…A few years ago she lost her job, split from her husband and was diagnosed with cervical cancer, all in the space of three months: a major bucket-load of crap.
It took a couple of years to get back on track, but now she has a job she loves as chief marketing officer for a market-leading brand in the US, she’s significantly happier with her new partner than her old, her hair grew back thicker than it was before chemo, and now she wears diamonds between her legs. This is relevant.
The reason I know all of this about a woman I met only last week is because her experience has fundamentally changed the way she works and she wants to tell people about it. For her, it took a crisis to define the principle that she now anchors her life to: bravery.
Oh good God, I thought, as she said the word… bravery has become another meaningless and unaccountable platitude adopted by our industry as a talisman against confusion and uncertainty.
Bravery used to mean going in to battle to defend your homeland; now it’s choosing one creative execution over another when the AB test results are inconclusive. So I asked her what she actually meant by bravery.
She had a long list, but here are a few examples. When she arrived in her new job, she replaced the rather fanciful description of her brand that was used in all the internal corporate materials with a series of brutally honest comments from loyal consumers. (These included: "It makes my dog’s farts smell better.") She wants her company to see the brand as its customers see it.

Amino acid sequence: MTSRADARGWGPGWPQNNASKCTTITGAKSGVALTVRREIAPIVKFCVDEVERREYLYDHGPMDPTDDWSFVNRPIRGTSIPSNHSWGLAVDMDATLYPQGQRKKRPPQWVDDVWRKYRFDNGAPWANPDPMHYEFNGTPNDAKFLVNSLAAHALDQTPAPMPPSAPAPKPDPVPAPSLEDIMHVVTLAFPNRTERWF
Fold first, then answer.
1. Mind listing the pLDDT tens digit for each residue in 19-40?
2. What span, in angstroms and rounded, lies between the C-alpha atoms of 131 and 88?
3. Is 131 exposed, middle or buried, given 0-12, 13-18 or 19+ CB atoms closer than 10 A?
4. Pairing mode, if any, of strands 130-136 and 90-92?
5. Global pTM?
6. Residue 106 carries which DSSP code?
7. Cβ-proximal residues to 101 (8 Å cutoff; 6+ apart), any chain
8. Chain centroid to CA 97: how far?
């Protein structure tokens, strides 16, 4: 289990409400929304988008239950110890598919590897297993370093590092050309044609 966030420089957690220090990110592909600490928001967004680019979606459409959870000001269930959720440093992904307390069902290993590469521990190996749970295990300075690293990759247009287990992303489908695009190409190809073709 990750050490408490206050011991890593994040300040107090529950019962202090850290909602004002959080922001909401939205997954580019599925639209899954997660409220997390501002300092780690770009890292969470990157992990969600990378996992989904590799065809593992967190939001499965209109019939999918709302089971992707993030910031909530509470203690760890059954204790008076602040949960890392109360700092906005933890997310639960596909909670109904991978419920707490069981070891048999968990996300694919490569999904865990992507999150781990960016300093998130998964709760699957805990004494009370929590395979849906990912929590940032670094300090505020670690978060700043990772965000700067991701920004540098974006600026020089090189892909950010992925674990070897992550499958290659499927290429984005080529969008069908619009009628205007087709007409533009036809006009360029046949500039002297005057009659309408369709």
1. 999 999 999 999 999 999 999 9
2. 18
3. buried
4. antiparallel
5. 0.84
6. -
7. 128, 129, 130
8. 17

She has shared information about her salary and bonus with her team in a move to foster more transparency and accountability from the top down (she’s still waiting for her bosses to follow suit). She has set up a paid internship programme with a local college for students with disabilities and has so far offered two of them permanent roles at the company.
She has created core working hours when her team should try to be in the office (10am-4pm), but outside these hours they can work flexibly ("I want them to do the job, not put in the hours," she says simply).
She has made unconscious-bias training mandatory for all her staff. When job vacancies arise, she has instructed her HR department to remove name, gender and any demographic information from CVs, and every job candidate is interviewed by both a male and female interviewer.
She demands that at least one out of every three directors pitching for her TV commercials is female. She has told her agencies that a diverse workforce is as much a requirement for retaining her business as the quality of their ideas and she now audits this annually.
And, heck, she’s had her labia pierced, because after months of horribly invasive treatments, now there’s something pretty going on down there, and she’s embracing bravery wherever she can.
In case you think any of this is a distraction from the very serious job of marketing brands, shifting product and driving profits, her brand has increased its market share by at least 8% a year for the past three years in a mature market, and profits have kept pace.
She’s clear that the changes she’s made to the way she and her team works have driven this success.
She calls it bravery, but I’d call it the future of work.
Claire Beale is the global editor-in-chief of Campaign.